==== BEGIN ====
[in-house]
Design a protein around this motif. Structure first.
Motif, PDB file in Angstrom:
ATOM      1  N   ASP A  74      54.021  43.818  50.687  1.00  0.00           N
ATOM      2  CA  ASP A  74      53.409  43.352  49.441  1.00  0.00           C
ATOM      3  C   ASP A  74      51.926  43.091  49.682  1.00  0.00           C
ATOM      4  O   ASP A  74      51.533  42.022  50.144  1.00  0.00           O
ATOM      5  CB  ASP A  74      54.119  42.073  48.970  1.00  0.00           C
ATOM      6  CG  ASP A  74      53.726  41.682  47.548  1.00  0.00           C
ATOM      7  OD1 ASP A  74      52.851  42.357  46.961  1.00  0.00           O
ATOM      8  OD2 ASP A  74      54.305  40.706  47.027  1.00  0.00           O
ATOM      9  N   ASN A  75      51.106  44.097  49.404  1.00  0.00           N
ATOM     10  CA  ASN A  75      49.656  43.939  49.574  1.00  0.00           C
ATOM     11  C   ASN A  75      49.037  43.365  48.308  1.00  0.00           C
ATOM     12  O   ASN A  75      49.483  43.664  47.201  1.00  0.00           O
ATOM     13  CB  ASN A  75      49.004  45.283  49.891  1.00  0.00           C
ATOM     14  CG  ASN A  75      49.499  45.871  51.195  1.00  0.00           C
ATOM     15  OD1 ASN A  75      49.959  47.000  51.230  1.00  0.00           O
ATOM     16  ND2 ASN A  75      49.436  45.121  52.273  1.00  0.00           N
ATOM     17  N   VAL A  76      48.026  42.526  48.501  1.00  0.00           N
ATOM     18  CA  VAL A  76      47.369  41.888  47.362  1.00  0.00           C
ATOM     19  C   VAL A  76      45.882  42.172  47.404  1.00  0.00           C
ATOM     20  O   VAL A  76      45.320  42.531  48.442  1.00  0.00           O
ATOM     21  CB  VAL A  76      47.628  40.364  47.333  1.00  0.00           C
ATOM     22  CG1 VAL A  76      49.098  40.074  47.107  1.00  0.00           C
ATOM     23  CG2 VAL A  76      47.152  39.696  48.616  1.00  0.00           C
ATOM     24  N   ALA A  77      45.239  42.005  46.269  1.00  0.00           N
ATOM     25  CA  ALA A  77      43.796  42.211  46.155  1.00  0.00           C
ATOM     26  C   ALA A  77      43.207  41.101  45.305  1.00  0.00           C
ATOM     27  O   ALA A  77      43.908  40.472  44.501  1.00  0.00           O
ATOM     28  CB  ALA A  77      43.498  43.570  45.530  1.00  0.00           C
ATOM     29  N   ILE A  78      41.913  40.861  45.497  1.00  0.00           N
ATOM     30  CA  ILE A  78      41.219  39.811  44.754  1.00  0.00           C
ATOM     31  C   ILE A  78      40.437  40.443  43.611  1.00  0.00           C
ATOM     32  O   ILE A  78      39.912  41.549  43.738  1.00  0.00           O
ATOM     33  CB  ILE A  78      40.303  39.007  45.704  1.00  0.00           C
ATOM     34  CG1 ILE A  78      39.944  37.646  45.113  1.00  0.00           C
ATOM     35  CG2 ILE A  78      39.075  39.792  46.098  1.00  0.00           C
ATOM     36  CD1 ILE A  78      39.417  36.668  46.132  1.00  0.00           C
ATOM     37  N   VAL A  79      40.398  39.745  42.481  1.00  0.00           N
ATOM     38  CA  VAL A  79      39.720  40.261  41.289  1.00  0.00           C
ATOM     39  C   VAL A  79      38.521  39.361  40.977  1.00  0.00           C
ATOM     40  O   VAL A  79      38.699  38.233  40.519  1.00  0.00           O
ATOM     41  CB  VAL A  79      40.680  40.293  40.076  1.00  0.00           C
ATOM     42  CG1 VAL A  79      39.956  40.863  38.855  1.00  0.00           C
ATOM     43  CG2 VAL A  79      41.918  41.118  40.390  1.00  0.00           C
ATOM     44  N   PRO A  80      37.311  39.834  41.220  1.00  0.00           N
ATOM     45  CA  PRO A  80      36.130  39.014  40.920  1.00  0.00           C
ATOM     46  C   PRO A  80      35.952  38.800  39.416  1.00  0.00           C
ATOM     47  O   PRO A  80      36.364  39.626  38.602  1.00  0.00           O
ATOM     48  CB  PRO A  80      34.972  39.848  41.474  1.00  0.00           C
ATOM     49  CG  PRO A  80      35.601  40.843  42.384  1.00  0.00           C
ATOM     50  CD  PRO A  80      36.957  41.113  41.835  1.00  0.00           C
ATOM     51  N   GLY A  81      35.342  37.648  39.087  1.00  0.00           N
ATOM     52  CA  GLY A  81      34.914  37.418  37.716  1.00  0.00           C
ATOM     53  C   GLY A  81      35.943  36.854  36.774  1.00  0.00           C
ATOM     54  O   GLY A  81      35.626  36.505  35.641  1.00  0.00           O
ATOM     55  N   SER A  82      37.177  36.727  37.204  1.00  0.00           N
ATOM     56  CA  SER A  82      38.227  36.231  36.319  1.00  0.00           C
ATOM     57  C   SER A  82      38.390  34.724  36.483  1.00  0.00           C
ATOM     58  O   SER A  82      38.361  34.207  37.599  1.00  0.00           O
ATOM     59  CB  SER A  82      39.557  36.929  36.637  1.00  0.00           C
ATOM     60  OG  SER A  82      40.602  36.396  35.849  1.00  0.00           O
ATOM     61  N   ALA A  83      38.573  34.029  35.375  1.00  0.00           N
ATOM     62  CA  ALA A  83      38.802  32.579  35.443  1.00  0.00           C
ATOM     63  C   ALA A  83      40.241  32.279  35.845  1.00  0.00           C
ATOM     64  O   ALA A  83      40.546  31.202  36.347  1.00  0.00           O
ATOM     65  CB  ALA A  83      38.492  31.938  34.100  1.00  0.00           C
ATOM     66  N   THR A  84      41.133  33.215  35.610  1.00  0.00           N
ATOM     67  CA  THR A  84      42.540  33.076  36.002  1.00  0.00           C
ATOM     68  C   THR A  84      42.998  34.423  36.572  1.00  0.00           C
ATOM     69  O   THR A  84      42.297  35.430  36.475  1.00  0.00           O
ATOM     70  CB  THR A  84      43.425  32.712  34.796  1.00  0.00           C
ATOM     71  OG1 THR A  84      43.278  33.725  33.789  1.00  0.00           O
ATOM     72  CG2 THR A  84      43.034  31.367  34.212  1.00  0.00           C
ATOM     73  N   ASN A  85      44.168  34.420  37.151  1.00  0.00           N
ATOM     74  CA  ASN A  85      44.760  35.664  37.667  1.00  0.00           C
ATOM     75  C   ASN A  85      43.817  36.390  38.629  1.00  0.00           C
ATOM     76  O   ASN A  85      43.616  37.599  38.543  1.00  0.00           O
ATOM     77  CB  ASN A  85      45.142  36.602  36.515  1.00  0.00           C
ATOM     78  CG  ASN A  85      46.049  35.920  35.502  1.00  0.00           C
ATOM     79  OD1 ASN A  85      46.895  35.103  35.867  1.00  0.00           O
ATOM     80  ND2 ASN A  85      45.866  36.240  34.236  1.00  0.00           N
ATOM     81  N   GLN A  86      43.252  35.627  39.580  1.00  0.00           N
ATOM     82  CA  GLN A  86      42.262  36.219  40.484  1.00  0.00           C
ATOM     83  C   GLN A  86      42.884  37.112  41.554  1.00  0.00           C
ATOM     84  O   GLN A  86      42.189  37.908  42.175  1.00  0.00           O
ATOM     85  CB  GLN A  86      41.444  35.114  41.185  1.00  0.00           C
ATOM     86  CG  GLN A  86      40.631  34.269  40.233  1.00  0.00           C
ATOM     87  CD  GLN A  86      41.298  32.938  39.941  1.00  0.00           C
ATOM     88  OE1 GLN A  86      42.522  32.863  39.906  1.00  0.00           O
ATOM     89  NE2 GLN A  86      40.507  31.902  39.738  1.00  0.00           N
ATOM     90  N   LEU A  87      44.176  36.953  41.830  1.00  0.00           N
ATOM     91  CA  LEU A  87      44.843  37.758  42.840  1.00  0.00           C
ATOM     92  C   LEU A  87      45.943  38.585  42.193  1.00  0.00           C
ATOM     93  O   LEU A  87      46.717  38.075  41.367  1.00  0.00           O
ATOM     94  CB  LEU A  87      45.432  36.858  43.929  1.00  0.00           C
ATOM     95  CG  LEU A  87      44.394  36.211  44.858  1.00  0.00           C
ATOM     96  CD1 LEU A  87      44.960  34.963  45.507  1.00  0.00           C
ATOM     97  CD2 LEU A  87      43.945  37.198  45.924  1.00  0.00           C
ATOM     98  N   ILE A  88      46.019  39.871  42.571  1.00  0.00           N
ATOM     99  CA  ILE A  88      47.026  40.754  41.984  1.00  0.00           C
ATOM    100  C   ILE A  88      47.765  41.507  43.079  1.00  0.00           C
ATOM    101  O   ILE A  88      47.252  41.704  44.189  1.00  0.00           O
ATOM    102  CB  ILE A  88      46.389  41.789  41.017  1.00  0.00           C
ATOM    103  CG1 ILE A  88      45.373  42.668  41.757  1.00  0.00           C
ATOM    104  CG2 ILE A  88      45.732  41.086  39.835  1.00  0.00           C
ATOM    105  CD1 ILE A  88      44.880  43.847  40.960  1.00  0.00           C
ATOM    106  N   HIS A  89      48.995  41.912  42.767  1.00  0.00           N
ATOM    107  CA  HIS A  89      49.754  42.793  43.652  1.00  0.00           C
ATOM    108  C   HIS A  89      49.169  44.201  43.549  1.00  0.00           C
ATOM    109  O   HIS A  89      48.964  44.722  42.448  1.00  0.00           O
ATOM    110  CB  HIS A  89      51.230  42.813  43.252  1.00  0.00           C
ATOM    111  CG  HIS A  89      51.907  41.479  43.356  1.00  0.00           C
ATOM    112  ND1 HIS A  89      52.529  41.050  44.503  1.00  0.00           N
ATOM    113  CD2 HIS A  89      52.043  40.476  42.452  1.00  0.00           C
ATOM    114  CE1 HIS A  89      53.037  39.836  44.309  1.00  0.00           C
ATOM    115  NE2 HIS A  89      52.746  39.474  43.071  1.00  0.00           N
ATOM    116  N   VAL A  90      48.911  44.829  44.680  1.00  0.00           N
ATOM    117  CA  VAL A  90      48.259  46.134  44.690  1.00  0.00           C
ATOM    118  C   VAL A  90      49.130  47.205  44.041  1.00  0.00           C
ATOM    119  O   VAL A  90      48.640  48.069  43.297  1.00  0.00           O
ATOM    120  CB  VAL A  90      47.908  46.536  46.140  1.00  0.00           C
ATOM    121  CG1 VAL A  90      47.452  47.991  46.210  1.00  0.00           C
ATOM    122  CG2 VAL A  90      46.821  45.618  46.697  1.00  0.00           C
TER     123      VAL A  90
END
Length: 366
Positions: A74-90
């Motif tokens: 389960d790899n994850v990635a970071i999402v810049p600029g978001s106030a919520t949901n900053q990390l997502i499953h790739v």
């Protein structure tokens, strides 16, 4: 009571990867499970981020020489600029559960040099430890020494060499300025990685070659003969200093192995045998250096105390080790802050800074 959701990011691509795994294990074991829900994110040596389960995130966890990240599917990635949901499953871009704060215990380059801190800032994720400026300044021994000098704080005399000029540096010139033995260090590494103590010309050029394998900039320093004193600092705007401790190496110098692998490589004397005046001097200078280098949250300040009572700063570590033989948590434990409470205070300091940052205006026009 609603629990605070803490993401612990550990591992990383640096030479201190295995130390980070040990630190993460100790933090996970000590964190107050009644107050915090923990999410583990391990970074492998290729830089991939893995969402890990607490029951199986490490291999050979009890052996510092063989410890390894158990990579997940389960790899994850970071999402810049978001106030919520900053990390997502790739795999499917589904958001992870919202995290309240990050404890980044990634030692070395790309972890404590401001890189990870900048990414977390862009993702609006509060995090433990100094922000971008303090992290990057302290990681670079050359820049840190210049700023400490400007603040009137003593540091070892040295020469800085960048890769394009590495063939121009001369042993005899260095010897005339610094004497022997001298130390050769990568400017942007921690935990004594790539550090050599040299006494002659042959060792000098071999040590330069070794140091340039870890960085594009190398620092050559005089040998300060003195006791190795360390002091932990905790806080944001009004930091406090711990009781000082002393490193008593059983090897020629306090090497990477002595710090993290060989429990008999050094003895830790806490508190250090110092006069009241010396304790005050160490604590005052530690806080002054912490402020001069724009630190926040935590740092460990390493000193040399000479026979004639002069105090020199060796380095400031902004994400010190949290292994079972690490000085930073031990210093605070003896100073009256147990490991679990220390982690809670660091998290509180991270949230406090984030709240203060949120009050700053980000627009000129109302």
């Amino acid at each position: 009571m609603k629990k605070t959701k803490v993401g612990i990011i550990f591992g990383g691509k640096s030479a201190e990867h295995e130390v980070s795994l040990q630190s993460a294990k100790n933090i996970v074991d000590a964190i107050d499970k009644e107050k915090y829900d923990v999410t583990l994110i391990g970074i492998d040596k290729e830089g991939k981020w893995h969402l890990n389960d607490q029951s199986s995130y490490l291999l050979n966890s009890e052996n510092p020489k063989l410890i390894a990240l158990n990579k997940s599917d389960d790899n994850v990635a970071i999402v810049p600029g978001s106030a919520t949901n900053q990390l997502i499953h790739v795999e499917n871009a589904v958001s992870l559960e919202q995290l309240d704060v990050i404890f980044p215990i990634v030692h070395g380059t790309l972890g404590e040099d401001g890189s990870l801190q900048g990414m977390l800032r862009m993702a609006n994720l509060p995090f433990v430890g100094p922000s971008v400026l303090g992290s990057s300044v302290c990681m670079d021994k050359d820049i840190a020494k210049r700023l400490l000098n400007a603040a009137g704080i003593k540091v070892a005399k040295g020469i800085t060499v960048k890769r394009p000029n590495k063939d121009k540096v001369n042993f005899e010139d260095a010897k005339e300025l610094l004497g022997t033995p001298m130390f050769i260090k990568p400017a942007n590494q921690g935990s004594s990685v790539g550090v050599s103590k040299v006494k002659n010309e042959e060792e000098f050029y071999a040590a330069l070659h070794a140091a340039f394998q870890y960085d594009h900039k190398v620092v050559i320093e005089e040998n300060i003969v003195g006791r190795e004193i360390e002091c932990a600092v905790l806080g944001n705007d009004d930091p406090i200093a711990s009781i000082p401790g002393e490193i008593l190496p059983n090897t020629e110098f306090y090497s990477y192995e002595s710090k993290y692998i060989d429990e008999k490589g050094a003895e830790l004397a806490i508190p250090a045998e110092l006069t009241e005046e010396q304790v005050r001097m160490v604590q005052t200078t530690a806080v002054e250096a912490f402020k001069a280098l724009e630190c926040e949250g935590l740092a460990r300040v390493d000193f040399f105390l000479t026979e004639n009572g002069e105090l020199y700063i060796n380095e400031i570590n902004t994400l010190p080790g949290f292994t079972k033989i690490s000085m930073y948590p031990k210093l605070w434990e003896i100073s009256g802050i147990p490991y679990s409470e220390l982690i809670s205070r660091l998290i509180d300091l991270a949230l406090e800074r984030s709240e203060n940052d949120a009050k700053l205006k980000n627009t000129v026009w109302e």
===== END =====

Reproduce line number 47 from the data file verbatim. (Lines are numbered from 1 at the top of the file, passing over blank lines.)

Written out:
ATOM     44  N   PRO A  80      37.311  39.834  41.220  1.00  0.00           N